There’s a saying that perception is reality. And fair or not, it often holds true.
For years, the town of Woodfin has been perceived to be operating in secrecy, shutting out the public, changing ordinances to favor developers over taxpayers. In the past year, I’ve heard many locals suggest there should be an investigation to see if any elected officials have conflicts of interest or have reaped personal gain. When you ignore your constituents, all sorts of rumors (true or false) tend to swirl about.
I am one of a handful of concerned citizens who has been asking for answers about the proposed Bluffs development for nearly a year.
After all this time, we have not been given any assurances from Woodfin officials or staff that they will take any steps to safeguard our community, the French Broad River, Richmond Hill Park, Silver-Line Park or the quality of life of people who have invested decades and significant amounts of money to carve out lives and homes.
On Nov. 2, the public made their voices heard loud and clear at the polls. Commissioners-elect Eric Edgerton, Jim McAllister and Hazel Thornton defeated three Woodfin incumbents in landslide victories that came about largely due to all that I’ve mentioned above.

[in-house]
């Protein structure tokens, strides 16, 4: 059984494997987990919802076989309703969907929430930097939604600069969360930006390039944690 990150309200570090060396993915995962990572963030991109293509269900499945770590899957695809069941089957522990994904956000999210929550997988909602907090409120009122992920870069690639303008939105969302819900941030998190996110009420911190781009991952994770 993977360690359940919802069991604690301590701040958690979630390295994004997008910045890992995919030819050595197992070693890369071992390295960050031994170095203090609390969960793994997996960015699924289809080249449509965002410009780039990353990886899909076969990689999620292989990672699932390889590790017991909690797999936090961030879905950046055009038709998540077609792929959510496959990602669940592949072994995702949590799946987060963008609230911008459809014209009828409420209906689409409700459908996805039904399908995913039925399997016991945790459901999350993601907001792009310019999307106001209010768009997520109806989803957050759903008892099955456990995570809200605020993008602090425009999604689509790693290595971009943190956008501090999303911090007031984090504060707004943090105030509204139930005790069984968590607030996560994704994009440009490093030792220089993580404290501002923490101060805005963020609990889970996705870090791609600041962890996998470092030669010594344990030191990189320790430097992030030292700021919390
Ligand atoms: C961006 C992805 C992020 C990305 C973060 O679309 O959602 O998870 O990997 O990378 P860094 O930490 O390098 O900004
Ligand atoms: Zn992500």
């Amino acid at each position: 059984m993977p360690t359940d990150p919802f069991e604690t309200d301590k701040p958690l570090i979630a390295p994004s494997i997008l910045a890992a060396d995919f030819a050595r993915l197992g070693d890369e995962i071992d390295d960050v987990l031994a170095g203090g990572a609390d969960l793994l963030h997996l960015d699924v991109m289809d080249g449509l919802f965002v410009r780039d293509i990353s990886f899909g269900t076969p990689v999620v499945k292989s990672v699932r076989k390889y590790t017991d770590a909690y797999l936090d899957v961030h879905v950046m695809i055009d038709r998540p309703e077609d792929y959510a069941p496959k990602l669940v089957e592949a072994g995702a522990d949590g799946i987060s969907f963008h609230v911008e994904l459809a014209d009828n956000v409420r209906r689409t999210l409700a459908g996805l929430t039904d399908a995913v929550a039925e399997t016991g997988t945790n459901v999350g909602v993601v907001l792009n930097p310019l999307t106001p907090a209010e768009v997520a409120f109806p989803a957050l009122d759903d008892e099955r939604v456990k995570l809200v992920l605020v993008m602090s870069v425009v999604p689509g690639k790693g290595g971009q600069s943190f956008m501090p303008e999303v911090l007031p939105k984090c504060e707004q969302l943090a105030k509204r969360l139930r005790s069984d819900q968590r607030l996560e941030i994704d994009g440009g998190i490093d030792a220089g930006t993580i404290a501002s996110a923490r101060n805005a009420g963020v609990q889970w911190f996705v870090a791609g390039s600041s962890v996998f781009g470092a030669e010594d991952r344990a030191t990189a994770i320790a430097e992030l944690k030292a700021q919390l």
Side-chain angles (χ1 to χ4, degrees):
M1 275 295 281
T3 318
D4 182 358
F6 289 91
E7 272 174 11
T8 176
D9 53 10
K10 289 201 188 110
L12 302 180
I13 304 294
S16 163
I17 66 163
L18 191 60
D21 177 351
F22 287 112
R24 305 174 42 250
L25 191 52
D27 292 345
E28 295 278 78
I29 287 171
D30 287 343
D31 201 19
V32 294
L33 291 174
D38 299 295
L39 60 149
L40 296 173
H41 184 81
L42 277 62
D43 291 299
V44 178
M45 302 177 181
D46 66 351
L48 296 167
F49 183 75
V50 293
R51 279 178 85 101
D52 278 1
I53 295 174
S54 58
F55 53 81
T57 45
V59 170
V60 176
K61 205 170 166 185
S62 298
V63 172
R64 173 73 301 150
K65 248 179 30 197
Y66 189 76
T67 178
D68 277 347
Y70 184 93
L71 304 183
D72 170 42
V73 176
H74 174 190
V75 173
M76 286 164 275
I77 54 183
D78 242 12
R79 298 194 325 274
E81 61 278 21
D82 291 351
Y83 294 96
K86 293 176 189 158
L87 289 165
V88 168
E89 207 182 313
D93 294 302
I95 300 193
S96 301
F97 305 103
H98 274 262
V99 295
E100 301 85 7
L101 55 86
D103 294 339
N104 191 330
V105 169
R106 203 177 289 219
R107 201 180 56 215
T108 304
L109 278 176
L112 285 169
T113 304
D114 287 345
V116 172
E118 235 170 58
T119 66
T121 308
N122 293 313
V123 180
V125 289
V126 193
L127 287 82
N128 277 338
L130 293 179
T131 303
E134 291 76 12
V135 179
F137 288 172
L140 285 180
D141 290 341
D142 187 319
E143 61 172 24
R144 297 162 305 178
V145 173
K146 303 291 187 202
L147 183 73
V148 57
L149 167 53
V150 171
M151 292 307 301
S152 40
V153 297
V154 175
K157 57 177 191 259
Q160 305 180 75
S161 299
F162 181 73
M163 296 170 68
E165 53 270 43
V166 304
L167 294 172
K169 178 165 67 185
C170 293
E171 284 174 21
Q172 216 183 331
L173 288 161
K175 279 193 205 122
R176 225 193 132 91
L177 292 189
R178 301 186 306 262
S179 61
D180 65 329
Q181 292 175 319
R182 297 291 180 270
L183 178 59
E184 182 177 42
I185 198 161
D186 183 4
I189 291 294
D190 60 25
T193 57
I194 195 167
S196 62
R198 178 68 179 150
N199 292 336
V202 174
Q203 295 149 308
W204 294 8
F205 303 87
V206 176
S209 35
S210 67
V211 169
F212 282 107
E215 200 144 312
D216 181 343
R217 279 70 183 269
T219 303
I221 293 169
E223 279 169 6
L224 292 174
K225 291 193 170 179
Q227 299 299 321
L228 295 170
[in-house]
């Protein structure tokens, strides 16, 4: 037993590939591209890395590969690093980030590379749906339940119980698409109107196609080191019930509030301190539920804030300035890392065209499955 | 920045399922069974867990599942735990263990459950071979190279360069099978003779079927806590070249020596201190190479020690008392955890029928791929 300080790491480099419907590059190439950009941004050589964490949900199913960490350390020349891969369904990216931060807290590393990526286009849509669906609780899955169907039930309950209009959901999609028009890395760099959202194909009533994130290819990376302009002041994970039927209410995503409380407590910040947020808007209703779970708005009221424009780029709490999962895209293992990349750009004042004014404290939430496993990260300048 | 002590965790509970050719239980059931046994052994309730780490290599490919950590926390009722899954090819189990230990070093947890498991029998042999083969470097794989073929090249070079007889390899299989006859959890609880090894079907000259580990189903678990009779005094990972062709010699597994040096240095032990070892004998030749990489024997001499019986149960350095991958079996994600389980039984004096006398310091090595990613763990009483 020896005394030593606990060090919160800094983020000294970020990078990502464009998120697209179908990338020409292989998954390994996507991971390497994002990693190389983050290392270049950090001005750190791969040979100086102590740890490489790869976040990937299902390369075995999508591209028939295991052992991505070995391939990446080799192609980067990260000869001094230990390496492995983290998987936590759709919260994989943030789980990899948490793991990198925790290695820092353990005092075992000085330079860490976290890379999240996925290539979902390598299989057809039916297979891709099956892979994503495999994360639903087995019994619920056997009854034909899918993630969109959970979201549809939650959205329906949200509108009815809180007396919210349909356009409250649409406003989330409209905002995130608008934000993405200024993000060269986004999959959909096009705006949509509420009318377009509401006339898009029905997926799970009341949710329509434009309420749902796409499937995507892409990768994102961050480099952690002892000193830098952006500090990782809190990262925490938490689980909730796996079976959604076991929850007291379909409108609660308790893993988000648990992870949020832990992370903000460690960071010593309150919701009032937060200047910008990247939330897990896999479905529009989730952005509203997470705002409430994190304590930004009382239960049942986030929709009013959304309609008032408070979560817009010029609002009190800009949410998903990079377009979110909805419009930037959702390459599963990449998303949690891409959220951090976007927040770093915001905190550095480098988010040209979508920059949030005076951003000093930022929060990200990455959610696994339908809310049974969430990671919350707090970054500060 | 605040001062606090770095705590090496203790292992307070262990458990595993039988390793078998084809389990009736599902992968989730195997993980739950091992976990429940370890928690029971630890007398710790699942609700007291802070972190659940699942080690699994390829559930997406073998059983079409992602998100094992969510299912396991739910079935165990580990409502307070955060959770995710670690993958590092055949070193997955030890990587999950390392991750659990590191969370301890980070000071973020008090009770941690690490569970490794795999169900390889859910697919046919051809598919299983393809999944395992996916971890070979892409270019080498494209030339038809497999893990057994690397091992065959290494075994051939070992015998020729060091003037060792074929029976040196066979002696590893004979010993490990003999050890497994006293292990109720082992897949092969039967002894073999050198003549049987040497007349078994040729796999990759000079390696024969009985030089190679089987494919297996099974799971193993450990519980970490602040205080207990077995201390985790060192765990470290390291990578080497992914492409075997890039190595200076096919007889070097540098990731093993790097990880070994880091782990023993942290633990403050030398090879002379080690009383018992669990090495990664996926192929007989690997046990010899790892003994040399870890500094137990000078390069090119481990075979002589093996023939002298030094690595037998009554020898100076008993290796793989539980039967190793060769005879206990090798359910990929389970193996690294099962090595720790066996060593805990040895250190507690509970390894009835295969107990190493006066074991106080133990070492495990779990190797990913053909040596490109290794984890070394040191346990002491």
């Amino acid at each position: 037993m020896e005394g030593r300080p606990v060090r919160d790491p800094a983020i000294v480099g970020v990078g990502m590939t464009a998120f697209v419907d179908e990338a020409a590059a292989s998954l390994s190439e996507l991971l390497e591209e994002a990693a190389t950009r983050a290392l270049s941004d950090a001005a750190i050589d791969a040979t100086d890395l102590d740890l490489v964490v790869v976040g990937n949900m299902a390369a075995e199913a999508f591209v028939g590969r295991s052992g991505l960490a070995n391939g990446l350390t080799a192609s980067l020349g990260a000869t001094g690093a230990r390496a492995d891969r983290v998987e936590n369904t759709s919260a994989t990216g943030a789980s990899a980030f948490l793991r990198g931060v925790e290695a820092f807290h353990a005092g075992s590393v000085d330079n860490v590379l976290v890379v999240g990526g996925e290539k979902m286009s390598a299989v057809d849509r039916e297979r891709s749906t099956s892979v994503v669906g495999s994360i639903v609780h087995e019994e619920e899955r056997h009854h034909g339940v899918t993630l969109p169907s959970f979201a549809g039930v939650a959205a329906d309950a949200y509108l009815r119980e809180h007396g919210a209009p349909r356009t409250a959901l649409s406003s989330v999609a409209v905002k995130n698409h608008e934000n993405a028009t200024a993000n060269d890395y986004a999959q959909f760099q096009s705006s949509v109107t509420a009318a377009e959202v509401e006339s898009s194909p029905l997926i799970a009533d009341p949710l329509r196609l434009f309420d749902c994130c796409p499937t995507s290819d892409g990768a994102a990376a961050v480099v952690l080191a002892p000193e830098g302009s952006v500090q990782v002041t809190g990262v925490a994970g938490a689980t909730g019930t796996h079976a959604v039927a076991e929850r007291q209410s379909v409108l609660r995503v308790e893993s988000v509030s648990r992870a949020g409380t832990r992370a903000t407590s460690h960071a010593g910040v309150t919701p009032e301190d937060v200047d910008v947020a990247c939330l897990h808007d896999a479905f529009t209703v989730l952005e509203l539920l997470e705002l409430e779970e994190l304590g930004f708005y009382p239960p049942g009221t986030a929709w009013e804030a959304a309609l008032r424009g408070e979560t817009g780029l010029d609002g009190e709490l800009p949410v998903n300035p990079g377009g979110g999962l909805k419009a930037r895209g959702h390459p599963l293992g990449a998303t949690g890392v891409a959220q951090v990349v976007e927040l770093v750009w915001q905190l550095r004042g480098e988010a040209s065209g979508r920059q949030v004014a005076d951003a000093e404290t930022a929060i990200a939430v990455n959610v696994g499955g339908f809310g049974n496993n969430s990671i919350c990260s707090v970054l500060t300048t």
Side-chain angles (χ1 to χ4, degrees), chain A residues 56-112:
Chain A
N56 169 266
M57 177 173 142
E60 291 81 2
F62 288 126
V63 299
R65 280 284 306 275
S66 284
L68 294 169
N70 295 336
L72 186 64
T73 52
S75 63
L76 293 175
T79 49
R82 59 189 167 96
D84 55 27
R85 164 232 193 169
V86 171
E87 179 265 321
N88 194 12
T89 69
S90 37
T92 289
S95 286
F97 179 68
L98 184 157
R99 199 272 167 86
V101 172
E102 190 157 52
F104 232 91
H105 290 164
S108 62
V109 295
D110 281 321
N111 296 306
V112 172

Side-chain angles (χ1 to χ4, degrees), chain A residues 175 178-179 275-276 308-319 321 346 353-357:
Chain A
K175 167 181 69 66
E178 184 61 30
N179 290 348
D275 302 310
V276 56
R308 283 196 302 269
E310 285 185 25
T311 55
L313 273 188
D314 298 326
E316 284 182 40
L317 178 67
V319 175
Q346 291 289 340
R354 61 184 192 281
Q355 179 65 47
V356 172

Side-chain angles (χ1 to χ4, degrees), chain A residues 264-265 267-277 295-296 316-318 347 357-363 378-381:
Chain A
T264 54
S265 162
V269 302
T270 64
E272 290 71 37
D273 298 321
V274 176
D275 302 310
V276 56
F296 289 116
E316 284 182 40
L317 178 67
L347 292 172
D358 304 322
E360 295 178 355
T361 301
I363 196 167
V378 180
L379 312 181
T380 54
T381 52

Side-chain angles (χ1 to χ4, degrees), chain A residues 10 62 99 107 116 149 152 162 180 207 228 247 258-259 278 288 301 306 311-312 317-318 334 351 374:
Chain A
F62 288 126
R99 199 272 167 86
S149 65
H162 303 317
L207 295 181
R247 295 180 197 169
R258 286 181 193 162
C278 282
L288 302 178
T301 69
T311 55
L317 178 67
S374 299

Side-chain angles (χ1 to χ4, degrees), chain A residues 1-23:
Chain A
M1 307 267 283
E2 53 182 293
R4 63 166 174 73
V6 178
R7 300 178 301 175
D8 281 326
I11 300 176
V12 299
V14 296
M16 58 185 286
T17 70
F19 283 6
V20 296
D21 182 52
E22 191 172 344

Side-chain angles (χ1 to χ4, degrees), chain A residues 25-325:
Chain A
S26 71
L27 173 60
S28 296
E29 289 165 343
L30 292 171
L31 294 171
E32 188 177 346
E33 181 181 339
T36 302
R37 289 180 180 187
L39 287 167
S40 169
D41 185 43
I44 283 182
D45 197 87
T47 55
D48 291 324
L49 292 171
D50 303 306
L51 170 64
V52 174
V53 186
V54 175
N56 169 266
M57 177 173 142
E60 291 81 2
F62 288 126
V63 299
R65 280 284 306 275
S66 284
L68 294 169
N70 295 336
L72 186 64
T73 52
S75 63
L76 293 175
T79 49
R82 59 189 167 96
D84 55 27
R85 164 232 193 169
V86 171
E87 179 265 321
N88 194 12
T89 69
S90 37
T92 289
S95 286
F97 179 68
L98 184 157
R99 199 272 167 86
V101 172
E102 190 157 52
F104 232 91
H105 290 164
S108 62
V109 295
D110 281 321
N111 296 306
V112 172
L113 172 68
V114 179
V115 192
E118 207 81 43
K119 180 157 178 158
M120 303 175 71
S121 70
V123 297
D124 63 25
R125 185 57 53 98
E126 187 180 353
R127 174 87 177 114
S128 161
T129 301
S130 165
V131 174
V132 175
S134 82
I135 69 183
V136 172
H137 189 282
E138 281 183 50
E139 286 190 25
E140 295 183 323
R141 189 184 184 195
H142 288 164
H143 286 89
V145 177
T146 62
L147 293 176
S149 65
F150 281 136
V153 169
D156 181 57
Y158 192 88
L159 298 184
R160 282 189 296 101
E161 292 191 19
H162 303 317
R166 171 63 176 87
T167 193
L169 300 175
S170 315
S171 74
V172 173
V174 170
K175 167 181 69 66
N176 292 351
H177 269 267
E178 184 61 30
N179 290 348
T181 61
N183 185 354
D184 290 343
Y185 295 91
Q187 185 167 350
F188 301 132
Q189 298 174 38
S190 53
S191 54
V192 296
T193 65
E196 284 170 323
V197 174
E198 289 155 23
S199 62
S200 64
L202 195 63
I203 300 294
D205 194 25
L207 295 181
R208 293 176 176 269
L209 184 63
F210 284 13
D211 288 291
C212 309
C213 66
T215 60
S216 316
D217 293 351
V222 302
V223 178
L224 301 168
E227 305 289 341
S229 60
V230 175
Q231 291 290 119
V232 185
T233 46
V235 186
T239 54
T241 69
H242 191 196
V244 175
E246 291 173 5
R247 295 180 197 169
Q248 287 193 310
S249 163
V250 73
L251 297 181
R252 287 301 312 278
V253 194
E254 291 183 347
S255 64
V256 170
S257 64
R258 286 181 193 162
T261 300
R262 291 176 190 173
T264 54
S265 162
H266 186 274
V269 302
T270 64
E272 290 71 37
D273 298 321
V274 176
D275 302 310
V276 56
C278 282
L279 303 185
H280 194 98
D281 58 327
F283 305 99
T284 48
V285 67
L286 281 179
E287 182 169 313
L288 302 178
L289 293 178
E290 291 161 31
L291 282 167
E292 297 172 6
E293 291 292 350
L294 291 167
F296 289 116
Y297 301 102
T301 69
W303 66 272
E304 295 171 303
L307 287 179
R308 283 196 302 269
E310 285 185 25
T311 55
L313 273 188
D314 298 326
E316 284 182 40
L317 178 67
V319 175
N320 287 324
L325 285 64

The town of Woodfin has obfuscated when it should have been more honest and clear. It should have made a concerted effort to protect the environment and the people; it should have responded to our questions and concerns rather than saying our well-founded questions backed up by facts were merely conjecture.
I have repeatedly asked that two very reasonable sentences be added to Woodfin’s zoning ordinances, and I wish to state them publicly here:
• Require environmental studies for all projects over a certain size that border — or that will have significant potential runoff — into the French Broad River or its tributaries.
• Require a traffic study for all large projects regardless of what the developer estimates the traffic to be.
As any reasonable, forward-thinking human can see, my requests have nothing to do with NIMBYism or any of the derogatory statements often bandied about when locals oppose development. My desire to protect the river and my fellow citizens stems simply from caring and common sense.
— Robert McGee